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IN some of the foregoing passages, the coming of the Son of Man is announced, and in others His presence on earth is fully implied, although we have hitherto abstained from comment upon them. This, however, we shall now endeavour to prove by the quotation of predictions in which it is expressly promised: "Sing, O daughter of Zion; shout, O Israel; be glad and rejoice with all the heart, O daughter of Jerusalem. The Lord hath taken away thy judgments, He hath cast out thine enemy. The King of Israel, even the Lord, is in the midst of thee; thou shalt not see evil any more. Zeph. iii. 14, 15. This is the literal Israel who are to be brought "from beyond the rivers of Ethiopia." ver. 10. It is also their future restoration, after which they shall "not see evil any more." The King of Israel spoken of is "even the Lord," who shall then be "in the midst" of them. Nor is this to be explained into their conversion which is also predicted: "the remnant of Israel shall not do iniquity." ver. 13. Does not the prediction intimate that when the Lord's judgments on Israel are past, their enemies cast out, and their transgressions pardoned, and they shall see no more evil, when, in short, the Millennium arrives, that then the Lord Jesus will indeed dwell upon the earth, and be "the King of Israel"?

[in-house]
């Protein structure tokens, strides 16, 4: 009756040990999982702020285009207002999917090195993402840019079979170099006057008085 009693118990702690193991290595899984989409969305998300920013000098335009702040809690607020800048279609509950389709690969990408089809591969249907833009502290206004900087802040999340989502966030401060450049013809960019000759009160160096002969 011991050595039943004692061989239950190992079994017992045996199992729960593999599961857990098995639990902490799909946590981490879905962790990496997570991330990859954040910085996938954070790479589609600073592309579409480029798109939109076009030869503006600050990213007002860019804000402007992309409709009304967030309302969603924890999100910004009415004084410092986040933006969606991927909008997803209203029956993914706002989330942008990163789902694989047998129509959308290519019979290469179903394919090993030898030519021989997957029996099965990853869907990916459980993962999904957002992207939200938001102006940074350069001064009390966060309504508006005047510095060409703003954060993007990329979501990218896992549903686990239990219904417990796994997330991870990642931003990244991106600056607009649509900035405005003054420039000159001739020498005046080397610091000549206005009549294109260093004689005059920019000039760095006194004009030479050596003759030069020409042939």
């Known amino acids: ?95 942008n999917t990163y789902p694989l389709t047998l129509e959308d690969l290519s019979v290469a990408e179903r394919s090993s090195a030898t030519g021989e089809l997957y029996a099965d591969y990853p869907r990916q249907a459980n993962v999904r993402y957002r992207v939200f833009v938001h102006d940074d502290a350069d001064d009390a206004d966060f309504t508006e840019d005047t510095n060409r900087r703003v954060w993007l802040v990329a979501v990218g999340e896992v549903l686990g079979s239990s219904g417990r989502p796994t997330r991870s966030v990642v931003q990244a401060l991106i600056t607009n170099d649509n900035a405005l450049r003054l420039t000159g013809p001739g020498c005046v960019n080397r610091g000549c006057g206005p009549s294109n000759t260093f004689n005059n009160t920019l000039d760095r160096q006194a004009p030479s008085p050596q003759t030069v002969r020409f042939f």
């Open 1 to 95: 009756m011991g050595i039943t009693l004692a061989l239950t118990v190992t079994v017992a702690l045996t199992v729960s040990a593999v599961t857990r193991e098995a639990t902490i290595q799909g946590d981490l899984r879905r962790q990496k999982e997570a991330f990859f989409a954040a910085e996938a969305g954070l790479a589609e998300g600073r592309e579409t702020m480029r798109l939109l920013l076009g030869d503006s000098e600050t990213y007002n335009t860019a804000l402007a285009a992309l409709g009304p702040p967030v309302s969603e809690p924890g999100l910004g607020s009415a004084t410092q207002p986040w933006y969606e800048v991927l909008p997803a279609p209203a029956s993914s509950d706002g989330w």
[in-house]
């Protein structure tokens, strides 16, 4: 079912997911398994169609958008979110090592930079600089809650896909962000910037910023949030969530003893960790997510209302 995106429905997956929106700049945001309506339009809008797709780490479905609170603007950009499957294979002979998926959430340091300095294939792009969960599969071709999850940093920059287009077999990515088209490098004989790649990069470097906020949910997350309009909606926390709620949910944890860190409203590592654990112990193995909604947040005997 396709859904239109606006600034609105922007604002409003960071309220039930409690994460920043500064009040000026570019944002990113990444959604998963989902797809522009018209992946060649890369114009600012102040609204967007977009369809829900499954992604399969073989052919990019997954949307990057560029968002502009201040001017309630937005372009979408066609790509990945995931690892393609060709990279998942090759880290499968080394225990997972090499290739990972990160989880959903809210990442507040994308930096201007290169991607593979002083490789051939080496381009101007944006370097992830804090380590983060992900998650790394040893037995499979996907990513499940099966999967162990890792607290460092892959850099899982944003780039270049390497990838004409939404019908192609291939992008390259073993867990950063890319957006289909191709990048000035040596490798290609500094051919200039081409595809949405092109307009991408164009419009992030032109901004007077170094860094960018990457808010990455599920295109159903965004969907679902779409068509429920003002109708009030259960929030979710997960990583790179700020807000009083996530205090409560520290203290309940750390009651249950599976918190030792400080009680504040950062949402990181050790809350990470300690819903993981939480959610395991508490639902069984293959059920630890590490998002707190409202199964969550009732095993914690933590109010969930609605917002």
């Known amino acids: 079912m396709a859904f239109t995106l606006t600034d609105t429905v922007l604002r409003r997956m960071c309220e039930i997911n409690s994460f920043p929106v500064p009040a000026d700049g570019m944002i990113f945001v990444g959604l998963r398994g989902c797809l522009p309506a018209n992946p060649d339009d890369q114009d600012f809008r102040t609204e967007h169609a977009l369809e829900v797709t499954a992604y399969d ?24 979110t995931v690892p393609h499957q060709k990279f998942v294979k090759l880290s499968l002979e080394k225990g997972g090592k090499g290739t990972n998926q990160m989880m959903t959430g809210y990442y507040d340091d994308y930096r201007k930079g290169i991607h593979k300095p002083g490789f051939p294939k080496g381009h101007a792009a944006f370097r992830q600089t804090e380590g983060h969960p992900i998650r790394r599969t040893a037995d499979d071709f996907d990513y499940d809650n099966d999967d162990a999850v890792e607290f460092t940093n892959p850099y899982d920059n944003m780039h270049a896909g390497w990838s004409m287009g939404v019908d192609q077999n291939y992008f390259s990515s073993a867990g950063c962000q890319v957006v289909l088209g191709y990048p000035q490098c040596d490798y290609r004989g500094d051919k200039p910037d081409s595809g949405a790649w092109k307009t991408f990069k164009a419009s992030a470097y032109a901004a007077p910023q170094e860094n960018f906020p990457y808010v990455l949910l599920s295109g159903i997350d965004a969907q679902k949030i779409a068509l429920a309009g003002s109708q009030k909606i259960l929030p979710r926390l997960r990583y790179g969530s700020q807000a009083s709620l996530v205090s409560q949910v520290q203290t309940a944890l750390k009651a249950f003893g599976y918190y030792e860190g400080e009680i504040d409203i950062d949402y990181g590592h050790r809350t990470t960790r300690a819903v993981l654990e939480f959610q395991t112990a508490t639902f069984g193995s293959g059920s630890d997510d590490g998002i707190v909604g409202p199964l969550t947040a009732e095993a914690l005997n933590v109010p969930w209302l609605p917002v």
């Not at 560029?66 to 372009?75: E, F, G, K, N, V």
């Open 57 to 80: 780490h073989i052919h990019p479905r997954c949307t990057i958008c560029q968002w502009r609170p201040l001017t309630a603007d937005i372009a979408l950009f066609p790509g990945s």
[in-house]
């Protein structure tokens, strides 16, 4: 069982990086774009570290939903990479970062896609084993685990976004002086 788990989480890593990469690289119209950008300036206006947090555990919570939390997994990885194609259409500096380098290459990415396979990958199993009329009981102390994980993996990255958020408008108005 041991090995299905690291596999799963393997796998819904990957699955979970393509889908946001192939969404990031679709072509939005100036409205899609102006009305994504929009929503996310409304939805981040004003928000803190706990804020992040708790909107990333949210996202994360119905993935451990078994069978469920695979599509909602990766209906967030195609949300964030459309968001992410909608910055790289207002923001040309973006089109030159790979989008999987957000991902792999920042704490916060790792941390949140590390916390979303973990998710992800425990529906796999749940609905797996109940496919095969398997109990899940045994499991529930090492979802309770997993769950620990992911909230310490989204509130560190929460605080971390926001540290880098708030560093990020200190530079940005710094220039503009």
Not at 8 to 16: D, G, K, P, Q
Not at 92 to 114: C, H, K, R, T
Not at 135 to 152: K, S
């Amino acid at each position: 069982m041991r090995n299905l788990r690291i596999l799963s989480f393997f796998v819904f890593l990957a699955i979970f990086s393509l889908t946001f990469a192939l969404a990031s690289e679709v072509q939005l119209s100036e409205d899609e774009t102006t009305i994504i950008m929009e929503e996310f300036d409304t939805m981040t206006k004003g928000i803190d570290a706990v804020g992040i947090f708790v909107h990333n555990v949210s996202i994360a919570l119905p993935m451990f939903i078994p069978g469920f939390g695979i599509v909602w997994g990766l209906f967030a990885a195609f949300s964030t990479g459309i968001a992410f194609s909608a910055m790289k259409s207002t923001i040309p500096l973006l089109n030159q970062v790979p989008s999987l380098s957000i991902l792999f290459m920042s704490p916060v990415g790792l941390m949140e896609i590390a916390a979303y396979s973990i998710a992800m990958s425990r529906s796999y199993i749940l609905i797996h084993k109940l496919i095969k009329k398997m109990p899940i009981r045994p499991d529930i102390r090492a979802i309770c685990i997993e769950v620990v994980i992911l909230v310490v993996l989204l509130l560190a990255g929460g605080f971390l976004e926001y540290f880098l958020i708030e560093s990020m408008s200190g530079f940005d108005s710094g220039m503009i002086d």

In the following prediction of the prophet Zechariah, the coming of the Saviour and his continuance on earth appear to be explicitly foretold: "Sing and rejoice, O daughter of Zion: for lo! I come, and I will dwell in the midst of thee, saith the Lord. And many nations shall be joined to the Lord in that day, and shall be my people and I will dwell in the midst of thee; and thou shalt know that the Lord of Hosts hath SENT ME unto thee. And the Lord shall inherit Judah his portion in the Holy Land, and shall choose Jerusalem again." Zech. ii. 10-12. Israel, "the daughter of Zion," is called to rejoice for the coming of the Lord. Nor does this seem capable of being understood in any other sense than of a

personal coming, "the Lord of Hosts hath sent me unto thee." Having been sent He will dwell with them "in the Holy Land." Such circumstances seem fully to imply His personal presence. It points also to his former rejection, when they refused to recognize Him as their Messiah, they shall now 66 know" that he is the "sent" of the Lord. The